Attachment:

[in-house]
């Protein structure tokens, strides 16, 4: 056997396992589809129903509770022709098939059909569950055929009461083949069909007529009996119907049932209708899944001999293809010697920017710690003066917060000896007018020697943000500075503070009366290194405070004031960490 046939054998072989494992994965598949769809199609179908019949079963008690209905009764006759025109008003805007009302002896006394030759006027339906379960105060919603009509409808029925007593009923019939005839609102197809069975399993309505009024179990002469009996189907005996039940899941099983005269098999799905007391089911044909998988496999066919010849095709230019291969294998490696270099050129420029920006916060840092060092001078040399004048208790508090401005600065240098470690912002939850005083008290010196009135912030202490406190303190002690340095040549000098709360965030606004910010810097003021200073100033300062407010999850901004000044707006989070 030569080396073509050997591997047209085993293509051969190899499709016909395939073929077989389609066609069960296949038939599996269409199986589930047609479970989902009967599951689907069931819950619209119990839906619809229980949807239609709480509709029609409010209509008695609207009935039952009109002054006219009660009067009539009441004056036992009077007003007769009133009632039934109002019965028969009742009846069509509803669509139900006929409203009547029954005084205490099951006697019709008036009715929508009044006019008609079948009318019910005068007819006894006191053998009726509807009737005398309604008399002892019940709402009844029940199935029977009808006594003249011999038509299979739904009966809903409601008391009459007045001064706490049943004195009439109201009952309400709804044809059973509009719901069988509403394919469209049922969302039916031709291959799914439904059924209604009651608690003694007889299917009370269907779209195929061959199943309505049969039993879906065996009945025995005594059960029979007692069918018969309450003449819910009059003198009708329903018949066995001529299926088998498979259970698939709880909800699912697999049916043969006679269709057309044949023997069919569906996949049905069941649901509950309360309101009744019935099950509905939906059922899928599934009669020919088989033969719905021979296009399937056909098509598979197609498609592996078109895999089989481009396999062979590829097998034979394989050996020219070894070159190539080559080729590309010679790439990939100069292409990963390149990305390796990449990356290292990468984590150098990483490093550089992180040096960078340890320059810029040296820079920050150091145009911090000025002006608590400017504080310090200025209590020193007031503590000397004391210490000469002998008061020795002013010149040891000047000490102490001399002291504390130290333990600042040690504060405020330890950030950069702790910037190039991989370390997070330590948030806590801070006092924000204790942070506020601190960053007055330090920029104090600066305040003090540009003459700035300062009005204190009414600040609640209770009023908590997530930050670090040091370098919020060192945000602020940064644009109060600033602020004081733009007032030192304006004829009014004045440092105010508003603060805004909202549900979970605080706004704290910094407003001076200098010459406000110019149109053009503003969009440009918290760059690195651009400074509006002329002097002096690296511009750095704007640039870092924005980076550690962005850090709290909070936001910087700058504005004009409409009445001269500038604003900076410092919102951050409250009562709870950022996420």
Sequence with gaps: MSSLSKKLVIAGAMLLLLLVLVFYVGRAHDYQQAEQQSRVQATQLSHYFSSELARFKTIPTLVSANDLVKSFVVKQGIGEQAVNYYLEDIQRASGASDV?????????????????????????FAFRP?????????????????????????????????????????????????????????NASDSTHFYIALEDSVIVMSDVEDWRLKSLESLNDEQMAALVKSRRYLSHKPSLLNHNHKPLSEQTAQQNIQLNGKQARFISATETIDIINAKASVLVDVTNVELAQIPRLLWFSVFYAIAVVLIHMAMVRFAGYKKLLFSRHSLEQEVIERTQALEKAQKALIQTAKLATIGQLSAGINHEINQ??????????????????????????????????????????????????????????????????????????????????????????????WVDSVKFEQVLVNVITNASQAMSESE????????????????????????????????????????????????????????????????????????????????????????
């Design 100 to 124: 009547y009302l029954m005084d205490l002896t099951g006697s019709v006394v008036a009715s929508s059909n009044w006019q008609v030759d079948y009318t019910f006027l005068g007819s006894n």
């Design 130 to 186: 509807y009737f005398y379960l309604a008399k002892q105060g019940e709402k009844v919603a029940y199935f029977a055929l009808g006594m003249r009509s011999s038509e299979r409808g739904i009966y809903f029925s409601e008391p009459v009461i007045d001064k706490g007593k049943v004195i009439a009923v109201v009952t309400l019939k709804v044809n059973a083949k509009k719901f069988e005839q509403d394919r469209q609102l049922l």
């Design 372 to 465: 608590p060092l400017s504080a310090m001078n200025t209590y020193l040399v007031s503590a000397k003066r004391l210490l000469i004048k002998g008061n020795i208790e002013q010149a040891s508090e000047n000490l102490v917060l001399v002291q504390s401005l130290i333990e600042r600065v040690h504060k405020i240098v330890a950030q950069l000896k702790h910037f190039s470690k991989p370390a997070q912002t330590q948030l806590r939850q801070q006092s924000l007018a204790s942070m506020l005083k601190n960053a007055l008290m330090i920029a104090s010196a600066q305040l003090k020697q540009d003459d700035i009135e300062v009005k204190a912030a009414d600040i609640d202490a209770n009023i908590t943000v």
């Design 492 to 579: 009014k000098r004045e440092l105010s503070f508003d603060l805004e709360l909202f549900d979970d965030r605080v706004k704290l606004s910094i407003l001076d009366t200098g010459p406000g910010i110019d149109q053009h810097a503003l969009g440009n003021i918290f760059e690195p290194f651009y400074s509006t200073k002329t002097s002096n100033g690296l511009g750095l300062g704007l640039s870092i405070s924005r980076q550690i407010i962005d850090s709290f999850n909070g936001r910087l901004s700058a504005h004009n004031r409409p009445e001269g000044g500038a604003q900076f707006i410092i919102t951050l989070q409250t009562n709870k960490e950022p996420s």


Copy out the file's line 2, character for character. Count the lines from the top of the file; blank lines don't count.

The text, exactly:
């Protein structure tokens, strides 16, 4: 056997396992589809129903509770022709098939059909569950055929009461083949069909007529009996119907049932209708899944001999293809010697920017710690003066917060000896007018020697943000500075503070009366290194405070004031960490 046939054998072989494992994965598949769809199609179908019949079963008690209905009764006759025109008003805007009302002896006394030759006027339906379960105060919603009509409808029925007593009923019939005839609102197809069975399993309505009024179990002469009996189907005996039940899941099983005269098999799905007391089911044909998988496999066919010849095709230019291969294998490696270099050129420029920006916060840092060092001078040399004048208790508090401005600065240098470690912002939850005083008290010196009135912030202490406190303190002690340095040549000098709360965030606004910010810097003021200073100033300062407010999850901004000044707006989070 030569080396073509050997591997047209085993293509051969190899499709016909395939073929077989389609066609069960296949038939599996269409199986589930047609479970989902009967599951689907069931819950619209119990839906619809229980949807239609709480509709029609409010209509008695609207009935039952009109002054006219009660009067009539009441004056036992009077007003007769009133009632039934109002019965028969009742009846069509509803669509139900006929409203009547029954005084205490099951006697019709008036009715929508009044006019008609079948009318019910005068007819006894006191053998009726509807009737005398309604008399002892019940709402009844029940199935029977009808006594003249011999038509299979739904009966809903409601008391009459007045001064706490049943004195009439109201009952309400709804044809059973509009719901069988509403394919469209049922969302039916031709291959799914439904059924209604009651608690003694007889299917009370269907779209195929061959199943309505049969039993879906065996009945025995005594059960029979007692069918018969309450003449819910009059003198009708329903018949066995001529299926088998498979259970698939709880909800699912697999049916043969006679269709057309044949023997069919569906996949049905069941649901509950309360309101009744019935099950509905939906059922899928599934009669020919088989033969719905021979296009399937056909098509598979197609498609592996078109895999089989481009396999062979590829097998034979394989050996020219070894070159190539080559080729590309010679790439990939100069292409990963390149990305390796990449990356290292990468984590150098990483490093550089992180040096960078340890320059810029040296820079920050150091145009911090000025002006608590400017504080310090200025209590020193007031503590000397004391210490000469002998008061020795002013010149040891000047000490102490001399002291504390130290333990600042040690504060405020330890950030950069702790910037190039991989370390997070330590948030806590801070006092924000204790942070506020601190960053007055330090920029104090600066305040003090540009003459700035300062009005204190009414600040609640209770009023908590997530930050670090040091370098919020060192945000602020940064644009109060600033602020004081733009007032030192304006004829009014004045440092105010508003603060805004909202549900979970605080706004704290910094407003001076200098010459406000110019149109053009503003969009440009918290760059690195651009400074509006002329002097002096690296511009750095704007640039870092924005980076550690962005850090709290909070936001910087700058504005004009409409009445001269500038604003900076410092919102951050409250009562709870950022996420």